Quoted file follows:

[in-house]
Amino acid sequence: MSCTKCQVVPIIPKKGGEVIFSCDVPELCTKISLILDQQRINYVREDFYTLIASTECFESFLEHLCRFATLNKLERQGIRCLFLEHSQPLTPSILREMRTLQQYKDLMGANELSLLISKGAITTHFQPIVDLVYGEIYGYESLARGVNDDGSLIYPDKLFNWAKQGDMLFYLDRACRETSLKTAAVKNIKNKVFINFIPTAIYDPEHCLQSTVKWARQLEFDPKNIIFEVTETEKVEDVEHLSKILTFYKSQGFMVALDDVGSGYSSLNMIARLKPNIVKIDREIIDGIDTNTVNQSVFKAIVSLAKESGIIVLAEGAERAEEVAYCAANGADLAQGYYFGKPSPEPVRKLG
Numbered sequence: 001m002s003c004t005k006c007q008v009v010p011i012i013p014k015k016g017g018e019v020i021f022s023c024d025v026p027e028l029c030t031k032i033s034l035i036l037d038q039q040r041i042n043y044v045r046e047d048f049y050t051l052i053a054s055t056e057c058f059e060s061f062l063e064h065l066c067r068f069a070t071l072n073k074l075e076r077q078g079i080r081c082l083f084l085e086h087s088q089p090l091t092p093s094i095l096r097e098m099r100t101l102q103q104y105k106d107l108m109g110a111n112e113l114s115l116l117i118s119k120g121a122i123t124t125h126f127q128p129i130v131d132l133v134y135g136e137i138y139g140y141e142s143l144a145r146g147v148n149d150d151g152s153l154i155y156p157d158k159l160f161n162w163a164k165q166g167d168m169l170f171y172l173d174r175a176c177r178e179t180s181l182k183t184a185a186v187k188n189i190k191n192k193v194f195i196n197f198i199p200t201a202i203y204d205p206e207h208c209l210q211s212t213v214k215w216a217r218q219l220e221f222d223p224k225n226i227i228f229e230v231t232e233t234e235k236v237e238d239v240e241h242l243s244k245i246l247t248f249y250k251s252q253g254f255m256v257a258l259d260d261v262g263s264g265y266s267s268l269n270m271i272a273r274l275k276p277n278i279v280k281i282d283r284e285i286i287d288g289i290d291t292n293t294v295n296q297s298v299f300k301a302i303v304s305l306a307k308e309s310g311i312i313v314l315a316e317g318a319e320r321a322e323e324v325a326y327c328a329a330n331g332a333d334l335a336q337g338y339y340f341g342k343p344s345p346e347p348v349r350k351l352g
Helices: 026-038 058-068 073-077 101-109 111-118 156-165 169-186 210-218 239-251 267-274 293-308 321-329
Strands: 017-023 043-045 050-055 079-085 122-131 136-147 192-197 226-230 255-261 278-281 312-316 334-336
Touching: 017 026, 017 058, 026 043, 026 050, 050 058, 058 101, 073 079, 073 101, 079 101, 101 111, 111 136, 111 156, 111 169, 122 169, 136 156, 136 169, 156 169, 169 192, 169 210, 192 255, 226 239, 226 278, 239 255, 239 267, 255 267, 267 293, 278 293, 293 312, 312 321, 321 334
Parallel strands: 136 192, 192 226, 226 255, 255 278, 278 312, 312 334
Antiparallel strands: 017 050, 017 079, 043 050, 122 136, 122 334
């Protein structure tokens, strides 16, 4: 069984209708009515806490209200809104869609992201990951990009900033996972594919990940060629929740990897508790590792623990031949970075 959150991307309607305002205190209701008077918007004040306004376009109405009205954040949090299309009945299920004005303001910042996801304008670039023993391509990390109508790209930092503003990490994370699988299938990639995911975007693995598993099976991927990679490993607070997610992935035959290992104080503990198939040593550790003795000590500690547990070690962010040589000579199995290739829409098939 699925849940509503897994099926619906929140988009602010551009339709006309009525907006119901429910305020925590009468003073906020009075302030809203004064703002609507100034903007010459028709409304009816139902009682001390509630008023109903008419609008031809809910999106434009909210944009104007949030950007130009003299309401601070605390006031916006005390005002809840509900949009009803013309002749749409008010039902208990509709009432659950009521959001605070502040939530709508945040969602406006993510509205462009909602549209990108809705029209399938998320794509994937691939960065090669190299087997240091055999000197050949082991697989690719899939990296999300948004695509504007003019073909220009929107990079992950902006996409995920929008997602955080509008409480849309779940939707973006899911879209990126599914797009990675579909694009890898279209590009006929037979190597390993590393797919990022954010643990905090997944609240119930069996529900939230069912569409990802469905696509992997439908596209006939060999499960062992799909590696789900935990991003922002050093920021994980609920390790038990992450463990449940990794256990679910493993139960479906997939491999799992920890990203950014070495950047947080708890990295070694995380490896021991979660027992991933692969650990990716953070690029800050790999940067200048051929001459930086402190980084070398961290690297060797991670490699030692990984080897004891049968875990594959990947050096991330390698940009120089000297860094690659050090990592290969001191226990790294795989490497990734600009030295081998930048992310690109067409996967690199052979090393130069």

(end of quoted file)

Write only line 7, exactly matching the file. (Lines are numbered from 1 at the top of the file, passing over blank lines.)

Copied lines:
Parallel strands: 136 192, 192 226, 226 255, 255 278, 278 312, 312 334